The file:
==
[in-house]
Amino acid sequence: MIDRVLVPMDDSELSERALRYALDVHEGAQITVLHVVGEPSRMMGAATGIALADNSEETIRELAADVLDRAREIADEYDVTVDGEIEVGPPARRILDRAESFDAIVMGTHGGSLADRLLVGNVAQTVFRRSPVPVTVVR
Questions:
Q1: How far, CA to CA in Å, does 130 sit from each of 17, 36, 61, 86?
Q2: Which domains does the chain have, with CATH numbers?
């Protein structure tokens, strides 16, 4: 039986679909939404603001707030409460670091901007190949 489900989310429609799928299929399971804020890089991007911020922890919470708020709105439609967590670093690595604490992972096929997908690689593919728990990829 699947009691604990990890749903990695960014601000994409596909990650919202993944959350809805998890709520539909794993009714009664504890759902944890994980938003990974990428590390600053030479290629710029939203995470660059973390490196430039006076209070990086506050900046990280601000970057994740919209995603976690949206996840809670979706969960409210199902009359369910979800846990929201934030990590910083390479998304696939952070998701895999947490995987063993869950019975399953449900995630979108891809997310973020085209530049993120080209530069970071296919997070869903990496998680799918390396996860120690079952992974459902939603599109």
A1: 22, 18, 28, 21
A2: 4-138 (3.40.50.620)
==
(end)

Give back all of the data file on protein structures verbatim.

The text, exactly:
[in-house]
Amino acid sequence: MIDRVLVPMDDSELSERALRYALDVHEGAQITVLHVVGEPSRMMGAATGIALADNSEETIRELAADVLDRAREIADEYDVTVDGEIEVGPPARRILDRAESFDAIVMGTHGGSLADRLLVGNVAQTVFRRSPVPVTVVR
Questions:
Q1: How far, CA to CA in Å, does 130 sit from each of 17, 36, 61, 86?
Q2: Which domains does the chain have, with CATH numbers?
């Protein structure tokens, strides 16, 4: 039986679909939404603001707030409460670091901007190949 489900989310429609799928299929399971804020890089991007911020922890919470708020709105439609967590670093690595604490992972096929997908690689593919728990990829 699947009691604990990890749903990695960014601000994409596909990650919202993944959350809805998890709520539909794993009714009664504890759902944890994980938003990974990428590390600053030479290629710029939203995470660059973390490196430039006076209070990086506050900046990280601000970057994740919209995603976690949206996840809670979706969960409210199902009359369910979800846990929201934030990590910083390479998304696939952070998701895999947490995987063993869950019975399953449900995630979108891809997310973020085209530049993120080209530069970071296919997070869903990496998680799918390396996860120690079952992974459902939603599109």
A1: 22, 18, 28, 21
A2: 4-138 (3.40.50.620)